Go deeper: Croatia already relies on the euro for more than half of its foreign trade and for nearly three-quarters of its tourists. Joining Schengen is likely to support the country's tourism industry, which accounts for over 20% of GDP, though there are more mixed feelings with regards to euro adoption. Many say it will usher in a period of economic stability and safety, especially as inflation soars across Europe, while others say it would only benefit larger countries like France and Germany. (1 comment)

Not guilty

In a statement that was widely expected, Sam Bankman-Fried, the disgraced co-founder and CEO of the now-bankrupt FTX cryptocurrency exchange, has pleaded not guilty to all criminal charges in federal court. The one-time billionaire entered his plea to eight criminal counts ranging from wire fraud to conspiracy to pursue money laundering before U.S. District Judge Lewis Kaplan in Manhattan. Kaplan was said to have set an Oct. 2 trial date and a federal prosecutor noted that the SBF trial could last about four weeks.

Bigger picture: The news comes shortly after two of Bankman-Fried's associates, Gary Wang, FTX's former CTO and co-founder, and Caroline Ellison, the former CEO of Bankman-Fried's trading firm, pleaded guilty to fraud charges and agreed to cooperate with U.S. prosecutors to build a case against SBF. In her plea hearing on Dec. 19, Ellison admitted that she conspired with others to use billions of dollars of customers' funds from Bankman-Fried's failed trading platform. If convicted, SBF, who has been accused of defrauding investors and FTX customers, could face up to 115 years in prison.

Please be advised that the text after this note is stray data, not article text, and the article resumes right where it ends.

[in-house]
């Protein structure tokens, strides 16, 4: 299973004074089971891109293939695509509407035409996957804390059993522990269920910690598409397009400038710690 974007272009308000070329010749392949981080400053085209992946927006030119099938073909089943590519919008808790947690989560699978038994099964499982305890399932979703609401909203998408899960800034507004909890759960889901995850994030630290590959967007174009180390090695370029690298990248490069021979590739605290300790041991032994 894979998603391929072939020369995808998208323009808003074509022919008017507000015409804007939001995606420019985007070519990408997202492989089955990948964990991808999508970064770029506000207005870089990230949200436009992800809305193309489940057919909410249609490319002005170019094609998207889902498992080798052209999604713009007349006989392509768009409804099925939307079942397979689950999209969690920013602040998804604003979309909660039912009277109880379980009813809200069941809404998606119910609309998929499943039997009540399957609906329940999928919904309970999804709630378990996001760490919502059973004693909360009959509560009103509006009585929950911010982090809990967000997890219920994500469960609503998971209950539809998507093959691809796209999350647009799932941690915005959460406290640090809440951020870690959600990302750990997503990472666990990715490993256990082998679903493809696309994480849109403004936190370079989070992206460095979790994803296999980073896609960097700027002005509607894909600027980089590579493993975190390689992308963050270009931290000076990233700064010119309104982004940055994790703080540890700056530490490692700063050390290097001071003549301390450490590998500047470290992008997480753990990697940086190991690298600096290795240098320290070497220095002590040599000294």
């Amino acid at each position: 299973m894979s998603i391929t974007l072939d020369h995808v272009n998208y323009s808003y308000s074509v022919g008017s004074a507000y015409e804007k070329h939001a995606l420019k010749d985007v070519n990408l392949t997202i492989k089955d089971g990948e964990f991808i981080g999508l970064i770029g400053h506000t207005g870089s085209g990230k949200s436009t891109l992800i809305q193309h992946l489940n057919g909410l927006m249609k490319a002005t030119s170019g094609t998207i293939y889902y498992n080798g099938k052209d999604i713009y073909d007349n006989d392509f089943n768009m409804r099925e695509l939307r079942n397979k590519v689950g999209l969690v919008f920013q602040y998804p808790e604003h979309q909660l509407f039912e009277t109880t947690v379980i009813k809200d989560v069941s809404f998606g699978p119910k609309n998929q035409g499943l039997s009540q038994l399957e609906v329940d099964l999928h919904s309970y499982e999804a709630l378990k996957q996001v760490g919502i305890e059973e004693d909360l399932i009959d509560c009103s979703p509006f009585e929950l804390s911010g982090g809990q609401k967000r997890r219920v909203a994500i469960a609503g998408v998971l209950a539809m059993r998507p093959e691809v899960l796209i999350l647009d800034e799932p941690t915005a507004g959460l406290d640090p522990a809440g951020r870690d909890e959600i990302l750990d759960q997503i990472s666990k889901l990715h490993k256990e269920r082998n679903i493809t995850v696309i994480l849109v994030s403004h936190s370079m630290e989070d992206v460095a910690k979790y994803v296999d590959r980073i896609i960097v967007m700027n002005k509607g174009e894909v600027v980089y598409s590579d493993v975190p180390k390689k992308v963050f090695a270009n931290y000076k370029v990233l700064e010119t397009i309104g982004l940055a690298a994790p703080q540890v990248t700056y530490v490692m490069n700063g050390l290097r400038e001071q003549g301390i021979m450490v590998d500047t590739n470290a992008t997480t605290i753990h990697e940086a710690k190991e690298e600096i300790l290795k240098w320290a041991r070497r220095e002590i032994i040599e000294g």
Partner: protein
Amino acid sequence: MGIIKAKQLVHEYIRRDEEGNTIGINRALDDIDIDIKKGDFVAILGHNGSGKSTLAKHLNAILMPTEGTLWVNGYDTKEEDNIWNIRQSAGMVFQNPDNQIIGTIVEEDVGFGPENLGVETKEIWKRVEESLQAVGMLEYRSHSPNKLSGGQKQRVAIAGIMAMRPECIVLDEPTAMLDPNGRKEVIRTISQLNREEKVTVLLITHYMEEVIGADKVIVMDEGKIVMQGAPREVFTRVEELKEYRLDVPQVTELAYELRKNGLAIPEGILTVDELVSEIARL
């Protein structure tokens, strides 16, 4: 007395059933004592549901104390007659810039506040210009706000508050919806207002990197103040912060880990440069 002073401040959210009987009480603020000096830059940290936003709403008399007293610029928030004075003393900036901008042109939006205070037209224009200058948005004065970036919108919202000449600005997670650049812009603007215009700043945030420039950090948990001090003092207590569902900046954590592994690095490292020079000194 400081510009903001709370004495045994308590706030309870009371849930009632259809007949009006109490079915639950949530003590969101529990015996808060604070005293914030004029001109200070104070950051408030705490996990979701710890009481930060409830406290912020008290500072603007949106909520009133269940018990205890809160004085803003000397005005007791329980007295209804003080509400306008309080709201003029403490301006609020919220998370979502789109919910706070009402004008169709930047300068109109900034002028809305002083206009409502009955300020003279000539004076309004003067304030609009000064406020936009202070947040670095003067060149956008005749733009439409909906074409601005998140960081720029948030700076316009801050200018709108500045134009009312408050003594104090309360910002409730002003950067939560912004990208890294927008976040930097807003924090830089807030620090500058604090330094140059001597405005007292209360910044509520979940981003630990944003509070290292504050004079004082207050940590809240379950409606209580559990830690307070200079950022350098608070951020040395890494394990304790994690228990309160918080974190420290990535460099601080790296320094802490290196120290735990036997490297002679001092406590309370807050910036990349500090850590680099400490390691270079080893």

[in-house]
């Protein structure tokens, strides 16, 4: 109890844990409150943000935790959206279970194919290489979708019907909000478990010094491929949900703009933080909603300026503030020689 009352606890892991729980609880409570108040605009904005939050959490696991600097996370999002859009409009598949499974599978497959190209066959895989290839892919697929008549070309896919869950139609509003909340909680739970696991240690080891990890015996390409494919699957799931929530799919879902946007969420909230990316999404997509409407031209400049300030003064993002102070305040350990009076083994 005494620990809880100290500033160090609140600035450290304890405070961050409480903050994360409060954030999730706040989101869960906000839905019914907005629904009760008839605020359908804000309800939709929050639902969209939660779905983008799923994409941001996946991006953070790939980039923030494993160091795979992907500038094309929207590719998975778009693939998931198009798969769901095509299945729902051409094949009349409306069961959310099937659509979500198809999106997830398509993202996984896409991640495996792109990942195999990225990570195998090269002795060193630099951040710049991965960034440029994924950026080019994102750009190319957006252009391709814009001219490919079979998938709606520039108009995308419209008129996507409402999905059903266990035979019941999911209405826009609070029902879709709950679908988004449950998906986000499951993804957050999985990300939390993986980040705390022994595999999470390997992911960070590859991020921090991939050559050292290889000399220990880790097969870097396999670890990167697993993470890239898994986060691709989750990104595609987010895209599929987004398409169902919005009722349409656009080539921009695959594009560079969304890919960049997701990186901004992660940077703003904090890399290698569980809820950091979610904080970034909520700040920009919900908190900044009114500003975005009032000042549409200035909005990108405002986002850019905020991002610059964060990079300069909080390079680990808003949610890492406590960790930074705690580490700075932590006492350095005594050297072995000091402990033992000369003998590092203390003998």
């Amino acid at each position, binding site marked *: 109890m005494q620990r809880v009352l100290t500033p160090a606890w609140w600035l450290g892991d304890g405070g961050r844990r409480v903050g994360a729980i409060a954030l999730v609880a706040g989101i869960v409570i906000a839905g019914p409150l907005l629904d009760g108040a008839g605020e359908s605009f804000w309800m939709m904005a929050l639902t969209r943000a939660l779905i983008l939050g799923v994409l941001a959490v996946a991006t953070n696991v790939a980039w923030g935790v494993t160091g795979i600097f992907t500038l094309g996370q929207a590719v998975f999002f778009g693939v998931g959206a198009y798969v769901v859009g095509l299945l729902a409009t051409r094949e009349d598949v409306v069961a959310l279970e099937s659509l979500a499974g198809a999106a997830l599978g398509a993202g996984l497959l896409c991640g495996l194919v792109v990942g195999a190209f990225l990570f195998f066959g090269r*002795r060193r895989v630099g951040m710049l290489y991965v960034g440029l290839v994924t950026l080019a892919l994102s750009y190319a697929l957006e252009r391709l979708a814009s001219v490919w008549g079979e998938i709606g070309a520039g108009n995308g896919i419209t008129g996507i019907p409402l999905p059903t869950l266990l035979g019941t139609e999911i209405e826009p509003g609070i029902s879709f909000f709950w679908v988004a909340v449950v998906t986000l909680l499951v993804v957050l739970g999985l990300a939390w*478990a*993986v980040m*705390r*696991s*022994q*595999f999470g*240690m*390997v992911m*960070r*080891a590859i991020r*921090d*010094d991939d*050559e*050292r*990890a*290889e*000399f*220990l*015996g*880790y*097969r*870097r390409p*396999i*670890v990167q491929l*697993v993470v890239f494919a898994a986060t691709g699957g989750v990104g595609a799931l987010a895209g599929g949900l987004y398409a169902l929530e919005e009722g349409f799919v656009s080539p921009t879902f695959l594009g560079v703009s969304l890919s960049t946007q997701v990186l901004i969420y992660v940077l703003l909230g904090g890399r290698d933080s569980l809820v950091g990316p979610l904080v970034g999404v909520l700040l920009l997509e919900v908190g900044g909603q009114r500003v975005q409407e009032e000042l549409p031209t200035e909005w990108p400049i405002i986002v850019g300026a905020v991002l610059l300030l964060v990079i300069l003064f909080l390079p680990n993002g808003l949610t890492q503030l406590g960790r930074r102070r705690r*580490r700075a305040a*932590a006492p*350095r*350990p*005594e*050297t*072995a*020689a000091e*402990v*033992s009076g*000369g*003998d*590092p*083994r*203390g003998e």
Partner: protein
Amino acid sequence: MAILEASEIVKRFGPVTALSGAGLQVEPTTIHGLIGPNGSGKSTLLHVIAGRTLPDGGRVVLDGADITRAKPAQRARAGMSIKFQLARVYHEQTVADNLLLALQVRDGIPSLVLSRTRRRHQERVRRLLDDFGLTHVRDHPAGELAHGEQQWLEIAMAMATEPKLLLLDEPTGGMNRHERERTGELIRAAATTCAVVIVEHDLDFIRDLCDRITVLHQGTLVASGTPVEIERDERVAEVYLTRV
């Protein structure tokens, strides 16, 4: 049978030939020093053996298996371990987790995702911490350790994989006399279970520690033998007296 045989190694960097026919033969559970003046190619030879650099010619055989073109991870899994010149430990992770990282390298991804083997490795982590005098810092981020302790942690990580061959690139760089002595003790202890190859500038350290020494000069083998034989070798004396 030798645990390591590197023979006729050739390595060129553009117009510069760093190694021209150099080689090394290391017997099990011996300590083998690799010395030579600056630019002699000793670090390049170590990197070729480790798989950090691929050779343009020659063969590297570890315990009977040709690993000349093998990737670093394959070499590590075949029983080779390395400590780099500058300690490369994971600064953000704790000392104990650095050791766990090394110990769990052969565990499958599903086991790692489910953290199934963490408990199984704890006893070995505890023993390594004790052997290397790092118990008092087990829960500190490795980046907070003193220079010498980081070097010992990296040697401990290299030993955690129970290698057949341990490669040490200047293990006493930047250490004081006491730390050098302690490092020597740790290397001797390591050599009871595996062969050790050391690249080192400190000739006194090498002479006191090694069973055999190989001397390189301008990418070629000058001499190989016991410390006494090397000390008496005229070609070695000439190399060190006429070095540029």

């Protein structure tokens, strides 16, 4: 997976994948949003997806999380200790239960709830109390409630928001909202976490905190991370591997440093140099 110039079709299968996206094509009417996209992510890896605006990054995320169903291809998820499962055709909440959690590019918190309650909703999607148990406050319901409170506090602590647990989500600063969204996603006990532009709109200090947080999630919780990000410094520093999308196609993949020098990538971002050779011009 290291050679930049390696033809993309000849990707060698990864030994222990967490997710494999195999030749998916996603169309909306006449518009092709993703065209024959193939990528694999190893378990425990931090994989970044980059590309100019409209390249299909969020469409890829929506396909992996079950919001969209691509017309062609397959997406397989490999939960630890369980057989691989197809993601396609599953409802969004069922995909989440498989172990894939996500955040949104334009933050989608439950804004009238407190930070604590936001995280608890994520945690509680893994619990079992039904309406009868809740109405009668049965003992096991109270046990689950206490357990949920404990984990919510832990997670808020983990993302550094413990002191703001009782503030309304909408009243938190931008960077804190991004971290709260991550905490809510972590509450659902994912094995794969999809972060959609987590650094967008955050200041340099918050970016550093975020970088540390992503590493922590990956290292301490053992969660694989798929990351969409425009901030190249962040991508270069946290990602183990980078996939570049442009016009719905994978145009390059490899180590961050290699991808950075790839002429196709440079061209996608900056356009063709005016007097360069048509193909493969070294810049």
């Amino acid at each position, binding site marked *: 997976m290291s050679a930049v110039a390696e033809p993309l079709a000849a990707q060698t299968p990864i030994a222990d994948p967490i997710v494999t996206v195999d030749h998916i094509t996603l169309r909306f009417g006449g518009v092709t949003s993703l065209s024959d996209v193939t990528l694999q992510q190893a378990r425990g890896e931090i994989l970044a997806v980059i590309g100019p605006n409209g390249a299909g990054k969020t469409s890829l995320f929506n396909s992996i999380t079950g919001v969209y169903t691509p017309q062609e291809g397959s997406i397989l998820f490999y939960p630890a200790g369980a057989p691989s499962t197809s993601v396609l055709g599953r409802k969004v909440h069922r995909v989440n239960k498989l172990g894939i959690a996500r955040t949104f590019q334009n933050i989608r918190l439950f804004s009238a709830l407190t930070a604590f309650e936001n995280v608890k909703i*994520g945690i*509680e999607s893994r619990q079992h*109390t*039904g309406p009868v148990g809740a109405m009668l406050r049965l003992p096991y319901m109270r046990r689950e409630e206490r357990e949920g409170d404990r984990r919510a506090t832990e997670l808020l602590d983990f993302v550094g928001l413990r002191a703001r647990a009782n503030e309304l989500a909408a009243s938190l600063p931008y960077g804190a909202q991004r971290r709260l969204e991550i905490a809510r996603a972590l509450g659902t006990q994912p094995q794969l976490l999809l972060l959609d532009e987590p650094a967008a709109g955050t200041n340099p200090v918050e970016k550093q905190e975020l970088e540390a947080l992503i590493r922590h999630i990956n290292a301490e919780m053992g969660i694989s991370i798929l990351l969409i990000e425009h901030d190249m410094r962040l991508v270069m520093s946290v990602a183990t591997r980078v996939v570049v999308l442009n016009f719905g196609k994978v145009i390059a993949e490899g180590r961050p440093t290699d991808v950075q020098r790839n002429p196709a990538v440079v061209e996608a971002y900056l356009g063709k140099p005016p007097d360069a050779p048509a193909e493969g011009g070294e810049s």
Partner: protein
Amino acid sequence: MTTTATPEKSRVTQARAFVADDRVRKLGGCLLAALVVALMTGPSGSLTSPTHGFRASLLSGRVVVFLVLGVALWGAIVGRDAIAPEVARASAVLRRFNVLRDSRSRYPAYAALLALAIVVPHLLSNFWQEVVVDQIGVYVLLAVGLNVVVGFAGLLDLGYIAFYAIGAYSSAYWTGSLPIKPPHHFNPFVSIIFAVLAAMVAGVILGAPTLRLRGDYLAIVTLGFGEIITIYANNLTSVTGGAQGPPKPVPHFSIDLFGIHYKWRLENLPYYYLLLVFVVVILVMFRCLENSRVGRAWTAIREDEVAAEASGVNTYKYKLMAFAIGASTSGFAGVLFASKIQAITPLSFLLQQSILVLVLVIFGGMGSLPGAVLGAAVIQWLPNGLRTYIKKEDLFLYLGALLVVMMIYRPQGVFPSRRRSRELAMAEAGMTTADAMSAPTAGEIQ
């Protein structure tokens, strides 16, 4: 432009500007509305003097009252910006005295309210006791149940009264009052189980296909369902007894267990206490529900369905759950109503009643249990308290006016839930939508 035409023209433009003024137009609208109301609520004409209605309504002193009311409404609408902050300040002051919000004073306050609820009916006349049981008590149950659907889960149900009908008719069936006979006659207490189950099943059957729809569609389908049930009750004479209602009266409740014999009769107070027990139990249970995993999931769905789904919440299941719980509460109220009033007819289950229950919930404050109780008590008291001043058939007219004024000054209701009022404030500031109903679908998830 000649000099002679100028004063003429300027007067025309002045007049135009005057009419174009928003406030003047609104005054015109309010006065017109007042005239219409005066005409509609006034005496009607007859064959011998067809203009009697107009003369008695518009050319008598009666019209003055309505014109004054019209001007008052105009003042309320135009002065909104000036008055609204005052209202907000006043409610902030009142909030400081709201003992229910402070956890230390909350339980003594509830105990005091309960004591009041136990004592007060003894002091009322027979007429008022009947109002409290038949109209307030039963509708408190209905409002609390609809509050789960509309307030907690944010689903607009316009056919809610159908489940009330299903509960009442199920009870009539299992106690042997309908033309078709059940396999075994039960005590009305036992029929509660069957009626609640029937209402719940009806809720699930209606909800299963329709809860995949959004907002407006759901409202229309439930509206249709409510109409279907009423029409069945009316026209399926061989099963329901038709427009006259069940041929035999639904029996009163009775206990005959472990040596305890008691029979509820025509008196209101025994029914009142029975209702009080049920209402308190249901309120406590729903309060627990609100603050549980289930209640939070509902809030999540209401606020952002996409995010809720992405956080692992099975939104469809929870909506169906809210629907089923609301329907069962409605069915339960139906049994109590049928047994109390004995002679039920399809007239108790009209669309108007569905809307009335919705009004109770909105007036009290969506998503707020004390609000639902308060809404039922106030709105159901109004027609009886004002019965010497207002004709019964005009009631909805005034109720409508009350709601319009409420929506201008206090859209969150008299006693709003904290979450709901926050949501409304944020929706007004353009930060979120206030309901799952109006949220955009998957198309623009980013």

Meanwhile, U.S. financial regulators, in their first statement since the FTX meltdown, advised banks exposed to the cryptocurrency sector to ensure that their activities were "legally permissible." The Federal Reserve, FDIC, and the Office of the Comptroller of the Currency said in a joint announcement they believe that issuing/holding cryptos on an open, public and/or decentralized network is "highly likely to be inconsistent with safe banking practices." The regulators also raised safety and soundness concerns about the business models of crypto-related firms.

Outlook: While they said banking organizations are "neither prohibited nor discouraged from providing banking services to customers of any specific class or type," the group is reviewing how banks can engage in crypto activities while ensuring safety, consumer protection, and compliance with laws. "The agencies are supervising banking organizations that may be exposed to risks stemming from the crypto-asset sector and carefully reviewing any proposals from banking organizations to engage in activities that involve crypto-assets." (8 comments)

Travel restrictions

An explosion of COVID-19 cases across China is overwhelming funeral homes and crematoriums, in a development that brings back flashbacks from the early days of the pandemic. It follows the lifting of China's three-year old zero-COVID policy, which implemented strict restrictions - like quarantine and lockdowns - to stop community transmission as soon as infections were detected. Beijing has even done away with reporting and tracking, prompting worries over the virus' spread, the lack of genomic sequencing data and the potential for a dangerous or super-contagious new variant.